95. 95. Assessment of Efficacy •Activities that require students to demonstrate learning •Part of the learning object •Quiz, CAT, self-assessment, pre- test/post-test, survey •As part of a class •Requires collaboration w/ faculty •How will you analyze results?
  96. 96.
  97. 97. Making your instructional content findable
  98. 98. But how do people find this awesomeness? find this awesomeness? find this awesomeness?
  99. 99. why would patrons be coming here?
  100. 100. I need 3 articles on global warming I’m looking for the book “The Awakening.” I searched for my topic in JSTOR and couldn’t find anything How do I cite this in APA format? I found this article but I’m not sure if it’s scholarly I’m looking for topographical maps of Chile
  101. 101. Finding a specific book in the catalog tutorial How do we get them from this to this? I’m looking for the book “The Awakening.”
  102. 102. Find Books I want a specific book I’m looking for books on a topic Finding a specific book in the catalog Finding books in the catalog Developing a search strategy Are you looking for a specific book or books on a topic? Finding books in the stacks I’m looking for the book “The Awakening.”
  103. 103. But Don’t just stick it on a “tutorials” page
  104. 104. GET IN THEIR FLOW
  105. 105. Where might patrons look for help on your library’s website? •Ask a Librarian page •Any help type of pages •Research guides •Databases page (and inside databases) •Catalog •Websites pages for specific services (ILL, gov docs, etc.)
  106. 106. Finding the pain points •Web stats •Where do patrons get frustrated and leave the site? •Reference transcripts and stats •Talk to colleagues •Survey patrons •Usability testing •Ethnographic research
  107. 107. Go where your users are: Learning objects... •in the Learning Management System (LMS) •on an Intranet •in any local social networks or relevant community websites •on Facebook •on mobile devices •in computer labs (on the desktop)
  108. 108. Connect the physical world with Digital research help
  109. 109. QR Codes •Short for Quick Response •Originally developed for inventory control •Need a QR code reader to read •Scan a QR code to access info or take action
  110. 110. QR Code Generators and readers
  111. 111. Uses of QR codes
  112. 112. Uses of QR codes
  113. 113. Uses of QR codes
  114. 114. Uses of QR codes
  115. 115. getting outside of the library •Fliers and posters that link to instructional content •Put them where users might have information needs outside of the library •Buses, business support organizations, daycare centers, community centers, high schools, academic department offices, student lounges, computer labs, etc.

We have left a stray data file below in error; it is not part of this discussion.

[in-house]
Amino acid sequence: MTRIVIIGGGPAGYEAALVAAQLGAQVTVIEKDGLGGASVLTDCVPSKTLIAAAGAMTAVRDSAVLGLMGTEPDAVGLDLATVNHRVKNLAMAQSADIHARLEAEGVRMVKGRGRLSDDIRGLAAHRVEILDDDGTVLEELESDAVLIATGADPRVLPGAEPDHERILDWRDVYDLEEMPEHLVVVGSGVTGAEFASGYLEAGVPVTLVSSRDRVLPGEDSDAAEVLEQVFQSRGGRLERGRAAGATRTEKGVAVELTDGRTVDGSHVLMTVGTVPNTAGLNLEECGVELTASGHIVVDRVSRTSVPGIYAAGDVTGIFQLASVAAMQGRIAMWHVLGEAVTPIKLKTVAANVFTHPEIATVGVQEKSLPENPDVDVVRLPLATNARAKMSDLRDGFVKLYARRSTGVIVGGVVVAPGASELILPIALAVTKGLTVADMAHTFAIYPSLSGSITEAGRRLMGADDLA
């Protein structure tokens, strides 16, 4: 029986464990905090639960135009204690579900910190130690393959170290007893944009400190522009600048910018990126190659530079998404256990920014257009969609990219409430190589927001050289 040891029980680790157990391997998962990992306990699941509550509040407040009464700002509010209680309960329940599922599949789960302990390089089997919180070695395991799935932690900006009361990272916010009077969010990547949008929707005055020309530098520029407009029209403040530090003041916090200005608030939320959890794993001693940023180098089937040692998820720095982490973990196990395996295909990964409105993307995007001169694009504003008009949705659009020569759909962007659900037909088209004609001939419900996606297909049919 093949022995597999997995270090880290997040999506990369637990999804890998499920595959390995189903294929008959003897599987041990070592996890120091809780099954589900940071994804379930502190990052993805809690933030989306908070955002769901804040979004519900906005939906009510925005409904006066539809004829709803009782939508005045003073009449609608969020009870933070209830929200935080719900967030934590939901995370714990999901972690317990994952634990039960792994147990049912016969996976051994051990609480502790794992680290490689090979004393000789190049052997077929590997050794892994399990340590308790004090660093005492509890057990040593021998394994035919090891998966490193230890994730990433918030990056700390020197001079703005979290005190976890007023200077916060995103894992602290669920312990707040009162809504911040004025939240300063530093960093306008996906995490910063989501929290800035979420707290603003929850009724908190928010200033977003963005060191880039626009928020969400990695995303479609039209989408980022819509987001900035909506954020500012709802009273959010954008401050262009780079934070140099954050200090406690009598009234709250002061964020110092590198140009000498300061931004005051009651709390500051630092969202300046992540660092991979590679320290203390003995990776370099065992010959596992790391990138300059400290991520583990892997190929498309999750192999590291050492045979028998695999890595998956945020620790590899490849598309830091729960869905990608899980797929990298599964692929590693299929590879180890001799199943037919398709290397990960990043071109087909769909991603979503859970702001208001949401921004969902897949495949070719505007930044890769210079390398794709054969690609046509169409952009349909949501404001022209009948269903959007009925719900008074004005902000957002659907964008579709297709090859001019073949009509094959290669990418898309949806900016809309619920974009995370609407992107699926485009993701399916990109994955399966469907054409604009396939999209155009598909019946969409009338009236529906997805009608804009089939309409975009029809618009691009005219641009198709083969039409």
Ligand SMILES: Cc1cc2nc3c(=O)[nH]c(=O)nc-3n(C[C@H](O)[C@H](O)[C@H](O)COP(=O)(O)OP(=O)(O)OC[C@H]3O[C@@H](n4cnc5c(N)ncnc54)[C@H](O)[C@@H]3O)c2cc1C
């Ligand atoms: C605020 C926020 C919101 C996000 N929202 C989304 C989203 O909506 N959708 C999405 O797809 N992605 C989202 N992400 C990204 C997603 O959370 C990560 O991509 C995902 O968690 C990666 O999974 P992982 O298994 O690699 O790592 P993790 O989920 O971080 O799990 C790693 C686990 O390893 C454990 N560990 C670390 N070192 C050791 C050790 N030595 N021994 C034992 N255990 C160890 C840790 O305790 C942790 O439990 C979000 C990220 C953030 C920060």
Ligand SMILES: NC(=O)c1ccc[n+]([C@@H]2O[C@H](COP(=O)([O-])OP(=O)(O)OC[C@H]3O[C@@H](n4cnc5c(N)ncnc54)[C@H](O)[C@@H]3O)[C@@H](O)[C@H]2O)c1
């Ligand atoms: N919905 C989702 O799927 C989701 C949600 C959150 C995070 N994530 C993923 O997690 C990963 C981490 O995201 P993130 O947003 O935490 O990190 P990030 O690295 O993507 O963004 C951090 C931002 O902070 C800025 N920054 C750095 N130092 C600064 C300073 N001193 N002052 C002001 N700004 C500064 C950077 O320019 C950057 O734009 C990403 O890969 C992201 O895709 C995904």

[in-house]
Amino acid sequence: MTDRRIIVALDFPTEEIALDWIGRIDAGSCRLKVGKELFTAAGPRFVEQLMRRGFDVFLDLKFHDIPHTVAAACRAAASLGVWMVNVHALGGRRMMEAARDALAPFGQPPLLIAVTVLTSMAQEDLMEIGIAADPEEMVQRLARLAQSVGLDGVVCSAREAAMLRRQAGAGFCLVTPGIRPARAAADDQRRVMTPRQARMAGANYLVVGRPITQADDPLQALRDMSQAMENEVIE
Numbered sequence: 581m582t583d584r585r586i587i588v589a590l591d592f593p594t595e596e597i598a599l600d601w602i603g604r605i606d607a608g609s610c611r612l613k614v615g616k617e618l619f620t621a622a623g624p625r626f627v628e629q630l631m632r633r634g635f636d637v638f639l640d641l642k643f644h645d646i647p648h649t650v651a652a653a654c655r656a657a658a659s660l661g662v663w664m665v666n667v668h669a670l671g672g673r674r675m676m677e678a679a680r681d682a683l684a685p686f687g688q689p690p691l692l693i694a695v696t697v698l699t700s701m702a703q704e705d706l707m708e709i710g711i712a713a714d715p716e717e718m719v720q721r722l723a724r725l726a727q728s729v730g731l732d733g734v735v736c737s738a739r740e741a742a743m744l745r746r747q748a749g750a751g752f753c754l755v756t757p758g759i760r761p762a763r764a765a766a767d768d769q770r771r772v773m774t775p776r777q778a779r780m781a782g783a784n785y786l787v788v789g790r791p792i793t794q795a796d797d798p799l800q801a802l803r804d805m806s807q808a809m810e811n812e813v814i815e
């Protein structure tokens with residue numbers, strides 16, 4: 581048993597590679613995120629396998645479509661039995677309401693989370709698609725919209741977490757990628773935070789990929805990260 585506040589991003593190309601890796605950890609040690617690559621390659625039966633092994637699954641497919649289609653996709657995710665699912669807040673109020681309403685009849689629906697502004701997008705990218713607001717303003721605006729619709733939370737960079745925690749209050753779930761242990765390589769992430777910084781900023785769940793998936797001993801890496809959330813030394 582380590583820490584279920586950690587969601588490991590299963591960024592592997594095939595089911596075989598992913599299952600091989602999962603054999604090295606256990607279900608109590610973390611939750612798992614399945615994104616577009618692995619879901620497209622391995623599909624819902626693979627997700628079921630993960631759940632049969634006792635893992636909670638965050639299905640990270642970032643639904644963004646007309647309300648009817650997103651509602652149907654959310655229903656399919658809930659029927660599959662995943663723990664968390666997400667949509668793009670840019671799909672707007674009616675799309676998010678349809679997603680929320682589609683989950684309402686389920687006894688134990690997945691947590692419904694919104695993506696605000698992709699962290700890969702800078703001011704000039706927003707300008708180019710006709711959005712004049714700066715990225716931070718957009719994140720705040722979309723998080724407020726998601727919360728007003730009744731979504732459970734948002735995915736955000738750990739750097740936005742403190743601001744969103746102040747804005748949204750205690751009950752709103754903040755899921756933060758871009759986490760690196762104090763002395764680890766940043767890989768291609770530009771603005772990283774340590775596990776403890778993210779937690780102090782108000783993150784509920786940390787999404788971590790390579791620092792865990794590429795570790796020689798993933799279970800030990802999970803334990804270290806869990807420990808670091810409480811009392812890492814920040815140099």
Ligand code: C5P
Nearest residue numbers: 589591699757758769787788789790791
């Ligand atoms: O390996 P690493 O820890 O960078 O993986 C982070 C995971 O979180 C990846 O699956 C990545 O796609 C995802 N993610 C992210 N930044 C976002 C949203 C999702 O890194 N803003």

116. 116. QR Code tips •Can also use shortened URLs (, tinyurl, etc.) or both •Make sure it’s going to mobile-friendly content •QR code size: ideal = 1.5 inch sq. some can work as small as 0.4 in.Some QR code generators provide usage stats
  117. 117. Why it’s critical to know your users
  118. 118. Reach out to those who influence your audience’s information behavior
  119. 119. Marketing •Recommend during reference transactions •Recommend during F2F instruction sessions •Make them visible on the library website •Branding? •Link related learning objects together
  120. 120. Closing tips • Learn everything you can about your users • In academic libraries: work closely with faculty and academic computing/CTL/etc. • For training: learn where your colleagues are and determine where they need to be • Even with unmediated instruction, make sure it’s easy for patrons to get help from a human being
  121. 121. Closing tips • Choose the technology that is the right fit for the need, for the audience, and given your own constraints • Place instruction at your users’ points of need • Give patrons’ choices. Let them determine the order in which they wish to learn • Integrate active learning as much as possible
  122. 122. Questions? Find me at mgfarkas (at) flickr, twitter: librarianmer facebook: meredithfarkas